With the derivation in the Appendix, the relationship of

where

To reduce the impact of noise, reduced SVD is performed to seek the low-dimensional representation of

By retaining the first

The matrix

Since

The modal parameters are obtained from the eigenvalues of

Once

Finally, the amplitude

The proposed Hankel-DMD method provides a good dynamic performance, as it uses a very short data window for SSRPI. Under noise-free conditions, the proposed method can perform well as long as the dimensions of the constructed

Another parameter that affects the performance of DMD is the selection of the number of dominant modes, i.e.,

The whole procedure of the Hankel-DMD method to identify three key parameters of the SSR component, i.e.,

Construct two Hankel matrices

Perform SVD of

Calculate

Perform eigen-decomposition of

Identify

Identify

This section evaluates the performance of the proposed method using both simulations and field data. Comparative studies with the InpDFT method [

A synthetic SSR current data was constructed as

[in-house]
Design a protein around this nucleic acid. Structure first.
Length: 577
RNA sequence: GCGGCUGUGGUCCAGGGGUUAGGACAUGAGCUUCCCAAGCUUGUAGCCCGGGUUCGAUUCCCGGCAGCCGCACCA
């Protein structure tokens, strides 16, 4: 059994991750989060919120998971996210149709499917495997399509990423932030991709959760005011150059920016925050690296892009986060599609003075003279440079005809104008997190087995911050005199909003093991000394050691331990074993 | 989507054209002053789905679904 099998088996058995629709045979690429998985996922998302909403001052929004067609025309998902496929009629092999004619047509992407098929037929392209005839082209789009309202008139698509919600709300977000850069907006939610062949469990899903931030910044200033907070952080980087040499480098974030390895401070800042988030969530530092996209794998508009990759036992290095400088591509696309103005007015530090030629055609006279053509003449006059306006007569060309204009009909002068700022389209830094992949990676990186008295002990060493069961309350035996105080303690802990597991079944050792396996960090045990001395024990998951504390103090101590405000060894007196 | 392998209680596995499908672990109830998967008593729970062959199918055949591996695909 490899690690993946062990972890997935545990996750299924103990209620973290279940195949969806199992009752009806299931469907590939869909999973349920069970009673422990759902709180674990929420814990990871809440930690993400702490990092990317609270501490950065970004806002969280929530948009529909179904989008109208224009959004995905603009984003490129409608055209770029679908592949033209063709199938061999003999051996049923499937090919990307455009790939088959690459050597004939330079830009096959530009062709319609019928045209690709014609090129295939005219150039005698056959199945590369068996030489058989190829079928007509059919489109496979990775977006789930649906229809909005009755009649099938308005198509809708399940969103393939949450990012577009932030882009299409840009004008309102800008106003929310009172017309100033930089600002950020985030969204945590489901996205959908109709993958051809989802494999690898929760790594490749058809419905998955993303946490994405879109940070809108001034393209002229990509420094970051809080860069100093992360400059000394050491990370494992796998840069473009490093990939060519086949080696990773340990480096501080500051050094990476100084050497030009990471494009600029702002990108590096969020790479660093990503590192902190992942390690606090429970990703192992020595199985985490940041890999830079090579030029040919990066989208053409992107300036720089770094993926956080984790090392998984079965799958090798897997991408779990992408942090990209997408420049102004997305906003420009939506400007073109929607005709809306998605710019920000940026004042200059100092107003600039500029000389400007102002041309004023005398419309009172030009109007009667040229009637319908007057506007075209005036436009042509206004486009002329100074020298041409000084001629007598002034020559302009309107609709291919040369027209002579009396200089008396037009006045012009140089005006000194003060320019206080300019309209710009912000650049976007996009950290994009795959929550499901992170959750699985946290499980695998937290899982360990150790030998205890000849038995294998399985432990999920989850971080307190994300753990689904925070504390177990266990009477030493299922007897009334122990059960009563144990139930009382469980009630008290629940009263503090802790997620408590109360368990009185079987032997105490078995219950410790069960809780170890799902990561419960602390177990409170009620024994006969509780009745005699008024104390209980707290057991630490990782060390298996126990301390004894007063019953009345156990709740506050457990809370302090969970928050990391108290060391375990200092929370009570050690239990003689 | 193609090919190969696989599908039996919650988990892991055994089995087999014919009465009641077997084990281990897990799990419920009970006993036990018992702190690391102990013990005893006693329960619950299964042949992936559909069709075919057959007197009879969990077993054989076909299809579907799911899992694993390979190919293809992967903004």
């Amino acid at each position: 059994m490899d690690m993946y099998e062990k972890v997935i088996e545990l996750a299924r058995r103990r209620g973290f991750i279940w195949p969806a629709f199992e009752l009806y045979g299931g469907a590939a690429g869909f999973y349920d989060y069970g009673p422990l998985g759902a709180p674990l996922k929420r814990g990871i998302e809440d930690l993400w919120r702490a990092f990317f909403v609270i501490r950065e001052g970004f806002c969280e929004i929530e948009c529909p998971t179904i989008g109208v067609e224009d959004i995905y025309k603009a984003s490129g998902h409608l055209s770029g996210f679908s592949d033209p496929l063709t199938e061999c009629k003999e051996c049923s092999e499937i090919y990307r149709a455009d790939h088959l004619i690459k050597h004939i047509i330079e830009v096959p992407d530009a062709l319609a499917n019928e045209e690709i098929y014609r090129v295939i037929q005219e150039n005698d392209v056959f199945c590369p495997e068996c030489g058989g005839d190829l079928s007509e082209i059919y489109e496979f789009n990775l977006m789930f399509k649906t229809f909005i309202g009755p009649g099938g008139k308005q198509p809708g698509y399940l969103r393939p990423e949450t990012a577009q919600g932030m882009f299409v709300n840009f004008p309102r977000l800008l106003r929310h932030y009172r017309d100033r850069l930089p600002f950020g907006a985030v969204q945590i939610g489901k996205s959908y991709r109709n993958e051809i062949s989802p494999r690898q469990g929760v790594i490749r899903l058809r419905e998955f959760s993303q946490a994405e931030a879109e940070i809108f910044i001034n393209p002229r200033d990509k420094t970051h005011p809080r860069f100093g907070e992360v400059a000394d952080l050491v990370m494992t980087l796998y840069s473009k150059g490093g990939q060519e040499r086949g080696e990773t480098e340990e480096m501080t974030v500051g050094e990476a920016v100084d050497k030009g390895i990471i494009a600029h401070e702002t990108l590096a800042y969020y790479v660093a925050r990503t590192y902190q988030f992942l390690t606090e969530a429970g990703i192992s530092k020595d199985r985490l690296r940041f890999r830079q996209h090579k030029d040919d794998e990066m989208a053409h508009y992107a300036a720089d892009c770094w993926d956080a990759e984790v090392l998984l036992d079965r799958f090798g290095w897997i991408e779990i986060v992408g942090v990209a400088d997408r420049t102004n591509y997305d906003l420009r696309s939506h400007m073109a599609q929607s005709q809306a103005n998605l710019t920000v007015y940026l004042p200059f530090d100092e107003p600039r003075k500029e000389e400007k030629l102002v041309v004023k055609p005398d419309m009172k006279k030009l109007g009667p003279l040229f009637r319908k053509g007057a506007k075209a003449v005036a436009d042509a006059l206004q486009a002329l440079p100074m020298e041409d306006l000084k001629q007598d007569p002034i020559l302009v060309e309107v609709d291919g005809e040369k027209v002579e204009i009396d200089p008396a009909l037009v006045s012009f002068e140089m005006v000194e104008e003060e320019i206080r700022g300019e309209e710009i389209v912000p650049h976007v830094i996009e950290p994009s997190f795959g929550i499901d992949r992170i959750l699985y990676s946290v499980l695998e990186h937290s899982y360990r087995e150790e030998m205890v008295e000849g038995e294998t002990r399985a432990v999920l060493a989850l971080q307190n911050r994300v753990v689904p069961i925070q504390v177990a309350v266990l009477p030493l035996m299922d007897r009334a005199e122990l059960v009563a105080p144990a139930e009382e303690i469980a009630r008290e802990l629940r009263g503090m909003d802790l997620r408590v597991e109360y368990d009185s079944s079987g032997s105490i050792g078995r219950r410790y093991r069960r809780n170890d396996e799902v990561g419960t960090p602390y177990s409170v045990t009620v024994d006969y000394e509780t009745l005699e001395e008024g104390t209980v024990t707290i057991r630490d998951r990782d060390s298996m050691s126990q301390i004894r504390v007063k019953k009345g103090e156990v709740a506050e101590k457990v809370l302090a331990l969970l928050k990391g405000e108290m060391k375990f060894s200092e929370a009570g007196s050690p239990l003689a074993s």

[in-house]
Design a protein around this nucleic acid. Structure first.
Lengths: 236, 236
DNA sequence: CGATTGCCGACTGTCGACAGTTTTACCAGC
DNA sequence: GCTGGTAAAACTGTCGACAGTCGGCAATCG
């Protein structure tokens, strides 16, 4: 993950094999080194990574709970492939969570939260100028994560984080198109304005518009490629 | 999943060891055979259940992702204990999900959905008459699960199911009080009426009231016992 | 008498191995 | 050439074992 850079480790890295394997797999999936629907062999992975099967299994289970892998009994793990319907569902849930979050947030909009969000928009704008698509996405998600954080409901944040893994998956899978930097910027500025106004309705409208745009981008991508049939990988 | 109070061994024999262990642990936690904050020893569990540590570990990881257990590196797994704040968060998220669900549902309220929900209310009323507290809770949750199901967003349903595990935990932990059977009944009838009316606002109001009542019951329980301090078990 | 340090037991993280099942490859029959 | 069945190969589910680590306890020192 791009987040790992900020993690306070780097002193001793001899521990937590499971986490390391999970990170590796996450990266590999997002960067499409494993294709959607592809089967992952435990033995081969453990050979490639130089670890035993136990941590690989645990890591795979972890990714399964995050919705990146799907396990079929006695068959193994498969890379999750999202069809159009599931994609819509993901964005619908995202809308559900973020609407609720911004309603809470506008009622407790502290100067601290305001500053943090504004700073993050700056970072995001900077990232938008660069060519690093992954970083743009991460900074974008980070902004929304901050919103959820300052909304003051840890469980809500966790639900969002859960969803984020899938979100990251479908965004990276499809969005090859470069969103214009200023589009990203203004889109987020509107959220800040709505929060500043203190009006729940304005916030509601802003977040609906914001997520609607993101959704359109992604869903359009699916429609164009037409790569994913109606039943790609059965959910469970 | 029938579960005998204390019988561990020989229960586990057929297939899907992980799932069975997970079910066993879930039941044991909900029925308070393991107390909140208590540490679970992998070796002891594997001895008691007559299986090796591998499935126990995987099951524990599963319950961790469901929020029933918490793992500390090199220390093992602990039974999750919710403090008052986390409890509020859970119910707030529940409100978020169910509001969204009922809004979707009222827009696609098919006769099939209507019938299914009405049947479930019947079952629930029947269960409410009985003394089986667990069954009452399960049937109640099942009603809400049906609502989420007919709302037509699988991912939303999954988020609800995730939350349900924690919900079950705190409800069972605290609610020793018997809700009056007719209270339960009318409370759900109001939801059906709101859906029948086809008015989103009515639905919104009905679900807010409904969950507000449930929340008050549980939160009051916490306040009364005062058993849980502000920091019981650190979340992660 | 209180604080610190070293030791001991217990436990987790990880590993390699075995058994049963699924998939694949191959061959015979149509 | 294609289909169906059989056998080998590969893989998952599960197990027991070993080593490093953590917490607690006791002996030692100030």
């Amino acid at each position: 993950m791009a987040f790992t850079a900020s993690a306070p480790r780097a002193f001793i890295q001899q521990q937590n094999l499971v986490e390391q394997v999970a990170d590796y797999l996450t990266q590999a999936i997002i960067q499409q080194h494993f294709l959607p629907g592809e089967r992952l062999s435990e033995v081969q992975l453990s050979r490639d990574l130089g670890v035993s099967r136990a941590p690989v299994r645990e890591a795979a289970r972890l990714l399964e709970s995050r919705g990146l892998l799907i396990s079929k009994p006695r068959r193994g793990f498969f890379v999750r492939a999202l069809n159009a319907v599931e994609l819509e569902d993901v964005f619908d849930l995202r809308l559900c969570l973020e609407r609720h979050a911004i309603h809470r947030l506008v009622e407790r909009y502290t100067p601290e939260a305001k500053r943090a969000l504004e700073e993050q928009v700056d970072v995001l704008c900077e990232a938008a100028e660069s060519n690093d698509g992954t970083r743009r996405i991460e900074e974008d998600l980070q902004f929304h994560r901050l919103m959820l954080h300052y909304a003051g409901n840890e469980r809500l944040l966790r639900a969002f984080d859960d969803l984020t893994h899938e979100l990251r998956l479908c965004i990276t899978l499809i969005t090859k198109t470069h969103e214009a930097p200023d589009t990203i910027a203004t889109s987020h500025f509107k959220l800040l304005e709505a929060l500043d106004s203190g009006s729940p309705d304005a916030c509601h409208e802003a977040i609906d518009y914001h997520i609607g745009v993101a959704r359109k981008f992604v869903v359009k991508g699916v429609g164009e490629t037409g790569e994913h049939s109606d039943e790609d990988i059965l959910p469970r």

The parameters of the SSR components, i.e.,

The proposed method applies a sliding window to identify the parameters of SSR, and each window contains

In another test, Gaussian noise was also added to the signal. According to our field data and those reported in the literature [

Furthermore, the mean errors of the three methods are displayed in

SNR (dB) | Time |
Proposed method | InpDFT | |||||||
---|---|---|---|---|---|---|---|---|---|---|

0^{*} |
[2,4) | 0.00 | 0.18 | 3.39 | 0.26 | 52.89 | 1.88 | |||

(4,6) | 0.00 | 0.00 | 2.53 | 0.01 | 13.35 | 2.11 | ||||

40 | [2,4) | 0.00 | 11.74 | 3.40 | 0.26 | 53.47 | 1.87 | |||

(4,6) | 0.00 | 2.30 | 2.63 | 0.01 | 31.94 | 1.75 |

Note: 0^{*} denotes noise-free case.

The proposed method was further tested by simulated SSR data. For this purpose, a series-compensated wind farm system was modeled in MATLAB/Simulink software, as shown in